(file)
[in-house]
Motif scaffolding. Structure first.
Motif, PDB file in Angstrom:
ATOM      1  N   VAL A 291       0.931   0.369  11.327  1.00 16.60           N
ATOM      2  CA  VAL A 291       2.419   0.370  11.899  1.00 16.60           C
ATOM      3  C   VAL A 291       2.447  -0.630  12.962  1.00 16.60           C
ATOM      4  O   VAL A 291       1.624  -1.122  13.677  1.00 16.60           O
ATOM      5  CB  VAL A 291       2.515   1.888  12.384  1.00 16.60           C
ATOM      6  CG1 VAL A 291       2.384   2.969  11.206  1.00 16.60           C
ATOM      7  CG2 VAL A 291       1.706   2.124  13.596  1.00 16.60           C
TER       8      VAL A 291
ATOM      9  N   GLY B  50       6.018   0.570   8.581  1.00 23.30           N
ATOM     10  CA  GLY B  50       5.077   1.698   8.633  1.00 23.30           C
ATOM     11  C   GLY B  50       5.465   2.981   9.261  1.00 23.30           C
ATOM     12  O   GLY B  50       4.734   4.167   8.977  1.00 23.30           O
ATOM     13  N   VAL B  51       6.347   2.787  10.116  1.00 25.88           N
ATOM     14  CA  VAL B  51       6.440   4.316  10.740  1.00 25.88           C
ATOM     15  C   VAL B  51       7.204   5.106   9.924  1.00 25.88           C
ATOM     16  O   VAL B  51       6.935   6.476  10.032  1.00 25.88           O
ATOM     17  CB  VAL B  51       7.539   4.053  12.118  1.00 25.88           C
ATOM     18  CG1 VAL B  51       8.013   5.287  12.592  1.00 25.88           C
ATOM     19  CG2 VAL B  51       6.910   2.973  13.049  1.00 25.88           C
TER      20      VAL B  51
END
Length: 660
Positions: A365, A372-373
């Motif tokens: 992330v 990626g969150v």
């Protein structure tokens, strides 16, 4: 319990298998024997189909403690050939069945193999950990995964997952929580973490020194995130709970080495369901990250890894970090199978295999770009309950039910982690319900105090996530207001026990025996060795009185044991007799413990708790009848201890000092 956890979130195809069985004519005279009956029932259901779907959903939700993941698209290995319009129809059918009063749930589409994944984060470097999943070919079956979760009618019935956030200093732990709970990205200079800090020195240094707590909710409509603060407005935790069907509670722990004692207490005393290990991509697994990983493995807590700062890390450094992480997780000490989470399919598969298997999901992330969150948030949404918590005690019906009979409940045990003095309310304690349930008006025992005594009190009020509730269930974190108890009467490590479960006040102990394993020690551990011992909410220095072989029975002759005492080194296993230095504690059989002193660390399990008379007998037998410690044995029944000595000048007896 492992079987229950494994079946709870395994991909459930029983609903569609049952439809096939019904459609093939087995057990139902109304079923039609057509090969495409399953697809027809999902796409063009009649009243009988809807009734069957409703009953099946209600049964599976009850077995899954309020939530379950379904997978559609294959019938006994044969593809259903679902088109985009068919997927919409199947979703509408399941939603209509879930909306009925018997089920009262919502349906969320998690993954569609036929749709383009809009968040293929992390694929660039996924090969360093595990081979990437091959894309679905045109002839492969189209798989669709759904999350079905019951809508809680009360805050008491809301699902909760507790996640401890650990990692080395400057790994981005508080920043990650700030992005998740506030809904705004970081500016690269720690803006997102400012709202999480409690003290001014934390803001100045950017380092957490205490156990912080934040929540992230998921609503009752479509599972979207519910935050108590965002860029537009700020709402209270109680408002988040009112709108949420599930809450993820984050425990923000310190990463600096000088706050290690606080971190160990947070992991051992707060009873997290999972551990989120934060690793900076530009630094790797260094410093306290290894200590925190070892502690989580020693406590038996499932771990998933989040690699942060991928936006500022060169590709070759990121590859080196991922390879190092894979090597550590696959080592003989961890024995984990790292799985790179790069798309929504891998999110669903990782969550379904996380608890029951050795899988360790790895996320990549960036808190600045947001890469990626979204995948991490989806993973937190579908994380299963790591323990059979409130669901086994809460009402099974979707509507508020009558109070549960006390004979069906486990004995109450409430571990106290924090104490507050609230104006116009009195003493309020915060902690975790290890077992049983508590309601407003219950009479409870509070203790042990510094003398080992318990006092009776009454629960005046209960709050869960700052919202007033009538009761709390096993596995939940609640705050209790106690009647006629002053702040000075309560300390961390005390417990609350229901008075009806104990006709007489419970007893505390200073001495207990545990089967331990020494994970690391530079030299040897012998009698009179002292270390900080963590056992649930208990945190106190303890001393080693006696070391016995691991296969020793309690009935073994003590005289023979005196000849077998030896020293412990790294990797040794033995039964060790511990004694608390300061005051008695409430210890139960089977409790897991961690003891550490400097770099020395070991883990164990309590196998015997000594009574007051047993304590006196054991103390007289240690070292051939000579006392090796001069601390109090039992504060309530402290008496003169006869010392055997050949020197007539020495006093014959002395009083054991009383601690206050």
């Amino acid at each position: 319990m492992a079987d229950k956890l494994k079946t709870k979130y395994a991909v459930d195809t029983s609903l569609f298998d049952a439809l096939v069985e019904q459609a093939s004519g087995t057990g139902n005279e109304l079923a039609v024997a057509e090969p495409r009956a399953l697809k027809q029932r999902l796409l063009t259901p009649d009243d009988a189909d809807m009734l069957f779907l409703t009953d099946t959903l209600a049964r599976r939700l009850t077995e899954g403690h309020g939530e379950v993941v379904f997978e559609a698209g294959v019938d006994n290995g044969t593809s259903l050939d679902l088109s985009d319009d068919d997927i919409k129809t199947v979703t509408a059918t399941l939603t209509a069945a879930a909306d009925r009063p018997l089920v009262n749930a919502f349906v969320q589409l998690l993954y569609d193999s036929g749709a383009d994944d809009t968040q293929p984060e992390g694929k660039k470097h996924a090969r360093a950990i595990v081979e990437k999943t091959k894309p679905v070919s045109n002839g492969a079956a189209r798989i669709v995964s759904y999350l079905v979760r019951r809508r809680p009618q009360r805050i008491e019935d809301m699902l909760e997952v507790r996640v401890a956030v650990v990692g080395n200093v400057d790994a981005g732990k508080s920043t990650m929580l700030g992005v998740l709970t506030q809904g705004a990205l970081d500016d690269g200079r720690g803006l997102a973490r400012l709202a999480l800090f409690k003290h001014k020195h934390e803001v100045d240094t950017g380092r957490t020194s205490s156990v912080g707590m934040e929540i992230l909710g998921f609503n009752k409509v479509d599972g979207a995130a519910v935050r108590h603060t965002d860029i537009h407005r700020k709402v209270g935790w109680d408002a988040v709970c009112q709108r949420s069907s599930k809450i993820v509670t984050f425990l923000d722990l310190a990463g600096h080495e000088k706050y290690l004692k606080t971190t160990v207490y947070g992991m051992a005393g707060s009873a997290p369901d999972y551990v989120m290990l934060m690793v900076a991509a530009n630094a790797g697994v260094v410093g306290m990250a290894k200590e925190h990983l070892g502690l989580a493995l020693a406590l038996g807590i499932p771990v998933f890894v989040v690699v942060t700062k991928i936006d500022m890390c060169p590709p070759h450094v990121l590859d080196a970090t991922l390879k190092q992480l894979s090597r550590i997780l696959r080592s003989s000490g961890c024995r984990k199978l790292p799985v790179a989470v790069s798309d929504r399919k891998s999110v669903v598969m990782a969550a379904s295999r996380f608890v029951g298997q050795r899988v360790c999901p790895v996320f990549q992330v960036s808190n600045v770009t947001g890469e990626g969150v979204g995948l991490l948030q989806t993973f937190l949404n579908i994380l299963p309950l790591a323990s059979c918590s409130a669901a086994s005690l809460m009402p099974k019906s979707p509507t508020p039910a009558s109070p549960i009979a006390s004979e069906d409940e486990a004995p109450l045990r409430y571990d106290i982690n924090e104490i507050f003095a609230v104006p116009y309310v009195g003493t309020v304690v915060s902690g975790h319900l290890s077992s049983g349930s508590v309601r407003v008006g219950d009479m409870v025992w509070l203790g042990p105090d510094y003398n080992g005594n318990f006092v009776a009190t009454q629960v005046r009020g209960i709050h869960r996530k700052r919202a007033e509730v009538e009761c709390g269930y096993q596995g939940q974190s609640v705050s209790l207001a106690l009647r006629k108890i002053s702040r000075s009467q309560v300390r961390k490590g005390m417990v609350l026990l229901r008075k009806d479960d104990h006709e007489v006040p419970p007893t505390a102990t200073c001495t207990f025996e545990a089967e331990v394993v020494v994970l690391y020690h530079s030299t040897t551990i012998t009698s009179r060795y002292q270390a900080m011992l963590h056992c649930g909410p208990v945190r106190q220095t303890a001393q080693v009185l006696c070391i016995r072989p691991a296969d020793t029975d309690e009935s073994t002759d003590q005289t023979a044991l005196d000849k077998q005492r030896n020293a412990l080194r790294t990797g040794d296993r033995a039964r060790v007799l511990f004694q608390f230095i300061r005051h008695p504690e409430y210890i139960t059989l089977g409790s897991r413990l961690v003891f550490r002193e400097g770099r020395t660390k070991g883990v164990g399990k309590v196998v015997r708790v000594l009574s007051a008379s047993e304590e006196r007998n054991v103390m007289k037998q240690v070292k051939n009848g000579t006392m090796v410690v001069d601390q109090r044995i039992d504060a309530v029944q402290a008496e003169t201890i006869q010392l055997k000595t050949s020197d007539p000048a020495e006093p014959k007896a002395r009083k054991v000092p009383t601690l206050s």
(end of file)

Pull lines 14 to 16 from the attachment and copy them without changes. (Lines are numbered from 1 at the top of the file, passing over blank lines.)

ATOM     11  C   GLY B  50       5.465   2.981   9.261  1.00 23.30           C
ATOM     12  O   GLY B  50       4.734   4.167   8.977  1.00 23.30           O
ATOM     13  N   VAL B  51       6.347   2.787  10.116  1.00 25.88           N